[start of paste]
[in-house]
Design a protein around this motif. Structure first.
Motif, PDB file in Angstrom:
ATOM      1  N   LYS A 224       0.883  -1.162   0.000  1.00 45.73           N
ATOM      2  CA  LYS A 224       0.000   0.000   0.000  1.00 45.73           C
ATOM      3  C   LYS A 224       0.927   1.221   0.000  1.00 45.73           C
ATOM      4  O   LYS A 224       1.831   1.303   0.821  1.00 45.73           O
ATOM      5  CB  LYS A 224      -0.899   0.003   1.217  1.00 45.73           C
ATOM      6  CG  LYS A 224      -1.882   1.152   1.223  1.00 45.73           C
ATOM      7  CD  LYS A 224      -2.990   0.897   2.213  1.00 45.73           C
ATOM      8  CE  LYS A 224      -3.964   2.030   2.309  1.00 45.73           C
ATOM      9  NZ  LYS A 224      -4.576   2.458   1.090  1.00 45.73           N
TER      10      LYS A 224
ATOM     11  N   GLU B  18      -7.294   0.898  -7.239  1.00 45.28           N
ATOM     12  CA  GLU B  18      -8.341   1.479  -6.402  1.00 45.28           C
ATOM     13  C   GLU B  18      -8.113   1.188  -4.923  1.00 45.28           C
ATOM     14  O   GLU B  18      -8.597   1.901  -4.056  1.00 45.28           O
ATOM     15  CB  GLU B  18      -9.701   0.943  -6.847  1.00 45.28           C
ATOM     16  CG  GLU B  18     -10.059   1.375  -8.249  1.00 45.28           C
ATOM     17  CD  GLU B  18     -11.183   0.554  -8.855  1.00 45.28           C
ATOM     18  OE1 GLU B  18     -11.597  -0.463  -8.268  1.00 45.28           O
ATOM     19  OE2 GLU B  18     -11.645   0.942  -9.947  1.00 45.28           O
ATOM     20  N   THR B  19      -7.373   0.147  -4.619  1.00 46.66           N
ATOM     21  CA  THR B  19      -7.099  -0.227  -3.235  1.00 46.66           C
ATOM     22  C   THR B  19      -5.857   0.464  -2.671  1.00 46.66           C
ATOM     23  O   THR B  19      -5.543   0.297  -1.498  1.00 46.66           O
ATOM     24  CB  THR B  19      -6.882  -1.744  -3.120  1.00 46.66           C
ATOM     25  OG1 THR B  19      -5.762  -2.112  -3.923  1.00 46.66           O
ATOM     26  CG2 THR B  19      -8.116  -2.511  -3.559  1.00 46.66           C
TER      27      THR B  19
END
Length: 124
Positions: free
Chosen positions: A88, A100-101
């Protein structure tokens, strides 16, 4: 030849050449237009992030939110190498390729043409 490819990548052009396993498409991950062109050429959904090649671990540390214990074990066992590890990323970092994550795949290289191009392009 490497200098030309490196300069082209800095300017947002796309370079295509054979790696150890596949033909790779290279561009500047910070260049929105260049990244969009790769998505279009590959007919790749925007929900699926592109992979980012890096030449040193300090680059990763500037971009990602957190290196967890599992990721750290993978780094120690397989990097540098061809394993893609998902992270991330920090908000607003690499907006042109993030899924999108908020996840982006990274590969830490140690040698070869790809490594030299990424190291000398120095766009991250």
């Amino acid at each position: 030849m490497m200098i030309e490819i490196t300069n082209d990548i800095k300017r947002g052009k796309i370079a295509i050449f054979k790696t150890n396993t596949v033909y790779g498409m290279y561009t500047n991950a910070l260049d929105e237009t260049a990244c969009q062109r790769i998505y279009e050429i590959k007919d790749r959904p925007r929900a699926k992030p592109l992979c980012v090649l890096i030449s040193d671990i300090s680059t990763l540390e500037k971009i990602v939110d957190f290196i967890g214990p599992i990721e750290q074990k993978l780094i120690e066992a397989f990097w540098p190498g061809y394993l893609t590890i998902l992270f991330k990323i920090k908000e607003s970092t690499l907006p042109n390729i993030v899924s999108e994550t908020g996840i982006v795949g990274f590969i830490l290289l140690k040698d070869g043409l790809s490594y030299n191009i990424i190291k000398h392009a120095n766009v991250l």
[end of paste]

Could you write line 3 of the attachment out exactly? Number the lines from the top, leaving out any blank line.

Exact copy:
Motif, PDB file in Angstrom: